“Well, yes, but also because you are Mira Awad, and you’re amazing, but hey, that’s exactly what I’m saying. This project may seem apolitical, but it is very political.” Still a bit unsure whether Mira was wary of the “political” or whether she sought it. I decided to err on the latter. “I promise you that it does not belittle things. Here’s where it comes from: I work with Palestinians and I have come to realize that there are two legitimate societies living here. If I want my tribute to Lorde to be honest, it must reflect that. Now, the more I work on it, the more issues pop up, so I’m writing it all down, to show those issues. It’s an educational project!”

I knew this would not do the trick. My online diary may be dense with charged themes, but the recording would just be a bilingual pop-fest. Mira has already been there, she went to the Eurovision with Noa. She later got stung by anti-normalization, and her point of view changed. She didn’t want to be part of something like that and she was perfectly right.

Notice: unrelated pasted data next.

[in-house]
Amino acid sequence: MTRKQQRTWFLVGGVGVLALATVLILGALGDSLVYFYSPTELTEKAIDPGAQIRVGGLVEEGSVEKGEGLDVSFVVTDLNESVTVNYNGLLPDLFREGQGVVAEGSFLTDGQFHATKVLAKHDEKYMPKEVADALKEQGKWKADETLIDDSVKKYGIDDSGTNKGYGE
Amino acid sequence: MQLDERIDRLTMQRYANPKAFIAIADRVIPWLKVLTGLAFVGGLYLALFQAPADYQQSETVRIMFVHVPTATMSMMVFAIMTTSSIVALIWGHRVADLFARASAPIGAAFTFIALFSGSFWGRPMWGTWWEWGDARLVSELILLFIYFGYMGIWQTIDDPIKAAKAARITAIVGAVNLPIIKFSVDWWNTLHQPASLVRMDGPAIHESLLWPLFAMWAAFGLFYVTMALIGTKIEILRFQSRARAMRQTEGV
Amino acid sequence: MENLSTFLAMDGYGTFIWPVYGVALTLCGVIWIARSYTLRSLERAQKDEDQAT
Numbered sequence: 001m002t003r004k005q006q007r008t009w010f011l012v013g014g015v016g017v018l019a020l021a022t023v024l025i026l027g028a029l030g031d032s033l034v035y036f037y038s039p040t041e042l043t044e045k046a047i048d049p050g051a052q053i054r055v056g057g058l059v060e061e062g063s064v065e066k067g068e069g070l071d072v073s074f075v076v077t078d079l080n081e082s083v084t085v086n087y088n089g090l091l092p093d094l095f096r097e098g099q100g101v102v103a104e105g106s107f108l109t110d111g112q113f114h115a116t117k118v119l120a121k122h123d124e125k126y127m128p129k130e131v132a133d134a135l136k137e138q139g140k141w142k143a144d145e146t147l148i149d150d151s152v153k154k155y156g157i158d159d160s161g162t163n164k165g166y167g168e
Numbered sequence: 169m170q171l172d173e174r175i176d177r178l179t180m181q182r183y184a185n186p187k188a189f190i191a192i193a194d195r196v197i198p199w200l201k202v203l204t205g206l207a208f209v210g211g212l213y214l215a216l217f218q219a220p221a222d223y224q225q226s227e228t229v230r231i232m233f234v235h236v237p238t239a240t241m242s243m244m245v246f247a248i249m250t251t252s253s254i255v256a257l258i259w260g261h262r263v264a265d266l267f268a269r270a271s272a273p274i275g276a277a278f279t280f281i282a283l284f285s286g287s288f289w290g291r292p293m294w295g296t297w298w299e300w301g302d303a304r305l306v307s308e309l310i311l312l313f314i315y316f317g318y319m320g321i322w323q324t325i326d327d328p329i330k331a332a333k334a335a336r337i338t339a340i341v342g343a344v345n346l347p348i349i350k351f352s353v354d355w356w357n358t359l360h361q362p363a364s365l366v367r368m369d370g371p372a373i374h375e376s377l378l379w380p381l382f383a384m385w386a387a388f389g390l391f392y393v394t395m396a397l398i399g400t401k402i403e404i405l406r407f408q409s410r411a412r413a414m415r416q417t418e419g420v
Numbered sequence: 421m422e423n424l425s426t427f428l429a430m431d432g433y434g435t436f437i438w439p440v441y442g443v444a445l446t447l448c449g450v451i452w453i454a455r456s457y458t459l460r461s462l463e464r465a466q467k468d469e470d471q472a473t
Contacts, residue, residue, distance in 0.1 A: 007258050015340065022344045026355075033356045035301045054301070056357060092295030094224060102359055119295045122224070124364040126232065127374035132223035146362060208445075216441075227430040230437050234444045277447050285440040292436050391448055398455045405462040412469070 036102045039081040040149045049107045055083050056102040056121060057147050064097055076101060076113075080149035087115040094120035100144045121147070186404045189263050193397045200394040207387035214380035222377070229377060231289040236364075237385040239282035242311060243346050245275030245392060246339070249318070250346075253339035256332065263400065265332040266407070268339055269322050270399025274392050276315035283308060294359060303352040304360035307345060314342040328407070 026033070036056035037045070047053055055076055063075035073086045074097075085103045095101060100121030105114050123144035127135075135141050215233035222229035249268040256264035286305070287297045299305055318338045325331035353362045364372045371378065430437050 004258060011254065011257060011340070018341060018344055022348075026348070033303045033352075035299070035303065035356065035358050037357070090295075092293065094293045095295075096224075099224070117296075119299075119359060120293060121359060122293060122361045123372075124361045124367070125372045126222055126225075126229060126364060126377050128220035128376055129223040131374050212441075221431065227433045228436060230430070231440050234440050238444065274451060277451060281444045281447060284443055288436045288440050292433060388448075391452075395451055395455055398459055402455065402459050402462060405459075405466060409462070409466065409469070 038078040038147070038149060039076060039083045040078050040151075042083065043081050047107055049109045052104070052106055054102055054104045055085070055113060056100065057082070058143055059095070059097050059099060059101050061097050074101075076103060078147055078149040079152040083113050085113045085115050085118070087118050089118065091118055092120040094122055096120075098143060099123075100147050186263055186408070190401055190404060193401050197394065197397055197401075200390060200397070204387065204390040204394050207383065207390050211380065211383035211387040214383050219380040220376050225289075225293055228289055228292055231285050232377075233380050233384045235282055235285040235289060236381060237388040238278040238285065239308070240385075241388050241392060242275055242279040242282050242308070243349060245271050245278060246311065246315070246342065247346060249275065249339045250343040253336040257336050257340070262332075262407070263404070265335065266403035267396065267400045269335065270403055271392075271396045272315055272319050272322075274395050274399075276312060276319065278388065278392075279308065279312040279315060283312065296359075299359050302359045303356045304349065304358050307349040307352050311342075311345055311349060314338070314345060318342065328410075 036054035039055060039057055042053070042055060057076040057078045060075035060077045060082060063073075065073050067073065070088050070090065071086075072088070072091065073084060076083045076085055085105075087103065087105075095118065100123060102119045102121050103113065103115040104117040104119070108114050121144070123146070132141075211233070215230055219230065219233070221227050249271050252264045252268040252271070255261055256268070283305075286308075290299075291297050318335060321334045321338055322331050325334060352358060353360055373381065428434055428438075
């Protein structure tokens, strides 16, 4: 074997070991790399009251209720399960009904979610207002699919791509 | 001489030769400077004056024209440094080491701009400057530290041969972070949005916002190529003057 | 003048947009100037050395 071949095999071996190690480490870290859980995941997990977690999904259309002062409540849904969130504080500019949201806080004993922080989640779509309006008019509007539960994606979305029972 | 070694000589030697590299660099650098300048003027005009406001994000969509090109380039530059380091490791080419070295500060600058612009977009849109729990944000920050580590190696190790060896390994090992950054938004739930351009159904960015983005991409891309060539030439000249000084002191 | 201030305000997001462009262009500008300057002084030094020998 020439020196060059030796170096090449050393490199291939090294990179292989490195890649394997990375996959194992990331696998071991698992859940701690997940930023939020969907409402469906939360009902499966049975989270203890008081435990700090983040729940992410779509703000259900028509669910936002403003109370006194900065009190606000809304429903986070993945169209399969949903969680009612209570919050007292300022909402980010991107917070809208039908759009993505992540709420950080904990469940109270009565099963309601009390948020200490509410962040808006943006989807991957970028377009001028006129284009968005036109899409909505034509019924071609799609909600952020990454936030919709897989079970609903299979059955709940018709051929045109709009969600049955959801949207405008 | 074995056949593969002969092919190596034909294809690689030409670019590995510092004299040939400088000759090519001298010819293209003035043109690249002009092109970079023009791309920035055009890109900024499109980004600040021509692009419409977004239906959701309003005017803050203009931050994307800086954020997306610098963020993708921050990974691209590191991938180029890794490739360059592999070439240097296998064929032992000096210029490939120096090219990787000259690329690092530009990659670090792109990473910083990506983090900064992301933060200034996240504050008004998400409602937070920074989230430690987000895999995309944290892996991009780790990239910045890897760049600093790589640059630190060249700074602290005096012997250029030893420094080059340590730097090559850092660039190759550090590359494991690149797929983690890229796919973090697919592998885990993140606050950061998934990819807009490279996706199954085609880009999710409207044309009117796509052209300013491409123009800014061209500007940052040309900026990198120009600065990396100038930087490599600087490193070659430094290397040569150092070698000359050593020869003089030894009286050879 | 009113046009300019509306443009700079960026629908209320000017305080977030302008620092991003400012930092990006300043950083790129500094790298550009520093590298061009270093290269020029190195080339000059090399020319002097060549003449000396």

The actor sitting to my right now coughed to grab our attention: “What’s Lorde?” he asked.

She’s a bridger

I had brought a bottle of whiskey to drink with the poets. We broke it out, The actor, Durad Lidawi, pulled out his phone, and the YouTube party began. Mira surprised me with her Lorde song of Choice: Yellow Flicker Beat, from the latest “Hunger Games” soundtrack. “The way she dances in the clip!” she exclaimed, “It’s crazy. You have to see that.” I surprised her in turn by revealing Lorde’s age to her. She found it hard to believe.

“Eighteen?”

“She was sixteen when she broke big. She is a bridger, Mira! the fact that you and I can love her stuff means that she bridges generations! This is political! Be in my project! It’s political!” I was already joking. I have accepted the verdict. Mira was out.

Soon we moved on from Lorde. First to other contemporary pop, particularly Stromae, then to Fiona Apple, which Mira and I both love. Durad was revealed to be a lover of Chanson, and Einat contributed something weird in Afrikaans with a clip we all found disturbing. Eventually, however, Arabic took over. Durad played us a tune by Haifa singer Therese Sliman. Mira liked her, but complained about her use of Lebanese dialect. “Everyone sings in Lebanese or Egyptian dialect, in order to make it big,” she explained.